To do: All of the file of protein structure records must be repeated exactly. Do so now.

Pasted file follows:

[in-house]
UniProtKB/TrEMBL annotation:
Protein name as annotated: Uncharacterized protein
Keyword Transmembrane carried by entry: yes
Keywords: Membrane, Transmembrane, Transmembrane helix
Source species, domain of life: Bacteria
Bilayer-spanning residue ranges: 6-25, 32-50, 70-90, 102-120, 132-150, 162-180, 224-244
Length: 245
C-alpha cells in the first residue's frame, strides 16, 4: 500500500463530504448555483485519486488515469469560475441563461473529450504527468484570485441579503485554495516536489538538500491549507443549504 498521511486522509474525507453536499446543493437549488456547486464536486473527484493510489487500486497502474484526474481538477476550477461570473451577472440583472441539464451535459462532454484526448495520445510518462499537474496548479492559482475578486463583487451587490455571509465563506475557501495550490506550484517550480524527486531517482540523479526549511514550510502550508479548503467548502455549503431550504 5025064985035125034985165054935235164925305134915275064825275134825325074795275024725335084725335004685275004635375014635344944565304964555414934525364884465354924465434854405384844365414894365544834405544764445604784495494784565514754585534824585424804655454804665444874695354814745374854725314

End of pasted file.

[in-house]
UniProtKB/TrEMBL annotation:
Protein name as annotated: Uncharacterized protein
Keyword Transmembrane carried by entry: yes
Keywords: Membrane, Transmembrane, Transmembrane helix
Source species, domain of life: Bacteria
Bilayer-spanning residue ranges: 6-25, 32-50, 70-90, 102-120, 132-150, 162-180, 224-244
Length: 245
C-alpha cells in the first residue's frame, strides 16, 4: 500500500463530504448555483485519486488515469469560475441563461473529450504527468484570485441579503485554495516536489538538500491549507443549504 498521511486522509474525507453536499446543493437549488456547486464536486473527484493510489487500486497502474484526474481538477476550477461570473451577472440583472441539464451535459462532454484526448495520445510518462499537474496548479492559482475578486463583487451587490455571509465563506475557501495550490506550484517550480524527486531517482540523479526549511514550510502550508479548503467548502455549503431550504 5025064985035125034985165054935235164925305134915275064825275134825325074795275024725335084725335004685275004635375014635344944565304964555414934525364884465354924465434854405384844365414894365544834405544764445604784495494784565514754585534824585424804655454804665444874695354814745374854725314